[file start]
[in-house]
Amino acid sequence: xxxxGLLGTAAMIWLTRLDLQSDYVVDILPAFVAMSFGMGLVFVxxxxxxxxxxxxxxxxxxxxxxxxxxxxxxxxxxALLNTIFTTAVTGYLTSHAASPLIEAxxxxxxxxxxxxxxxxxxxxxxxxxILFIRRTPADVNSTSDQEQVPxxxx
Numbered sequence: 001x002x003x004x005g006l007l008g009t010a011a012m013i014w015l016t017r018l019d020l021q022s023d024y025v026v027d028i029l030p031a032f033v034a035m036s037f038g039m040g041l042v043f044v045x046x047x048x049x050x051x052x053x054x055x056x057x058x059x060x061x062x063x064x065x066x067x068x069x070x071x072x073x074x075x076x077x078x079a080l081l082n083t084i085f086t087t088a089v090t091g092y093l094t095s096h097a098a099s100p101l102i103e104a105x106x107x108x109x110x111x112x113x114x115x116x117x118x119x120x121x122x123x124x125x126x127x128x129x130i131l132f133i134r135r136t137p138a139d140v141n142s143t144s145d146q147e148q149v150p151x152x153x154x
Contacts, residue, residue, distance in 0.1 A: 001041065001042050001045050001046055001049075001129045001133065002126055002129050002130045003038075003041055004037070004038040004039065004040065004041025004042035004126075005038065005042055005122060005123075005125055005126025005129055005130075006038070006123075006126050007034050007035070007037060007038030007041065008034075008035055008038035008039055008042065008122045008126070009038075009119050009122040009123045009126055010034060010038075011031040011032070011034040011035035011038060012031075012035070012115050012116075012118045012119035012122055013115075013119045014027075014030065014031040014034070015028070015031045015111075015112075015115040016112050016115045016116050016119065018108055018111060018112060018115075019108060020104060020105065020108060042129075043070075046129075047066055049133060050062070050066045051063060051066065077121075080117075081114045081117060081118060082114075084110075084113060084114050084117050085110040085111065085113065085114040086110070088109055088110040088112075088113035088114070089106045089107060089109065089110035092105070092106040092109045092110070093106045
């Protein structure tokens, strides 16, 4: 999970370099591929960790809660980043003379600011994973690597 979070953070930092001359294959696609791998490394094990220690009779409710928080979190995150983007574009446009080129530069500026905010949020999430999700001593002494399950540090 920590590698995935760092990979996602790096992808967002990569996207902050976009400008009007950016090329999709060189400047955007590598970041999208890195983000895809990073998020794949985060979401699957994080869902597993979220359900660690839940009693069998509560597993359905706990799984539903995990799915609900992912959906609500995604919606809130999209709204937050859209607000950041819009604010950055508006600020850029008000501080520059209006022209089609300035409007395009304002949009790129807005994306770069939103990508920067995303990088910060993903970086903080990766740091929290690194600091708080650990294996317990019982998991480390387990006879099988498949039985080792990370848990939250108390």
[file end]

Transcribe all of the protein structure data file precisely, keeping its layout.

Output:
[in-house]
Amino acid sequence: xxxxGLLGTAAMIWLTRLDLQSDYVVDILPAFVAMSFGMGLVFVxxxxxxxxxxxxxxxxxxxxxxxxxxxxxxxxxxALLNTIFTTAVTGYLTSHAASPLIEAxxxxxxxxxxxxxxxxxxxxxxxxxILFIRRTPADVNSTSDQEQVPxxxx
Numbered sequence: 001x002x003x004x005g006l007l008g009t010a011a012m013i014w015l016t017r018l019d020l021q022s023d024y025v026v027d028i029l030p031a032f033v034a035m036s037f038g039m040g041l042v043f044v045x046x047x048x049x050x051x052x053x054x055x056x057x058x059x060x061x062x063x064x065x066x067x068x069x070x071x072x073x074x075x076x077x078x079a080l081l082n083t084i085f086t087t088a089v090t091g092y093l094t095s096h097a098a099s100p101l102i103e104a105x106x107x108x109x110x111x112x113x114x115x116x117x118x119x120x121x122x123x124x125x126x127x128x129x130i131l132f133i134r135r136t137p138a139d140v141n142s143t144s145d146q147e148q149v150p151x152x153x154x
Contacts, residue, residue, distance in 0.1 A: 001041065001042050001045050001046055001049075001129045001133065002126055002129050002130045003038075003041055004037070004038040004039065004040065004041025004042035004126075005038065005042055005122060005123075005125055005126025005129055005130075006038070006123075006126050007034050007035070007037060007038030007041065008034075008035055008038035008039055008042065008122045008126070009038075009119050009122040009123045009126055010034060010038075011031040011032070011034040011035035011038060012031075012035070012115050012116075012118045012119035012122055013115075013119045014027075014030065014031040014034070015028070015031045015111075015112075015115040016112050016115045016116050016119065018108055018111060018112060018115075019108060020104060020105065020108060042129075043070075046129075047066055049133060050062070050066045051063060051066065077121075080117075081114045081117060081118060082114075084110075084113060084114050084117050085110040085111065085113065085114040086110070088109055088110040088112075088113035088114070089106045089107060089109065089110035092105070092106040092109045092110070093106045
């Protein structure tokens, strides 16, 4: 999970370099591929960790809660980043003379600011994973690597 979070953070930092001359294959696609791998490394094990220690009779409710928080979190995150983007574009446009080129530069500026905010949020999430999700001593002494399950540090 920590590698995935760092990979996602790096992808967002990569996207902050976009400008009007950016090329999709060189400047955007590598970041999208890195983000895809990073998020794949985060979401699957994080869902597993979220359900660690839940009693069998509560597993359905706990799984539903995990799915609900992912959906609500995604919606809130999209709204937050859209607000950041819009604010950055508006600020850029008000501080520059209006022209089609300035409007395009304002949009790129807005994306770069939103990508920067995303990088910060993903970086903080990766740091929290690194600091708080650990294996317990019982998991480390387990006879099988498949039985080792990370848990939250108390």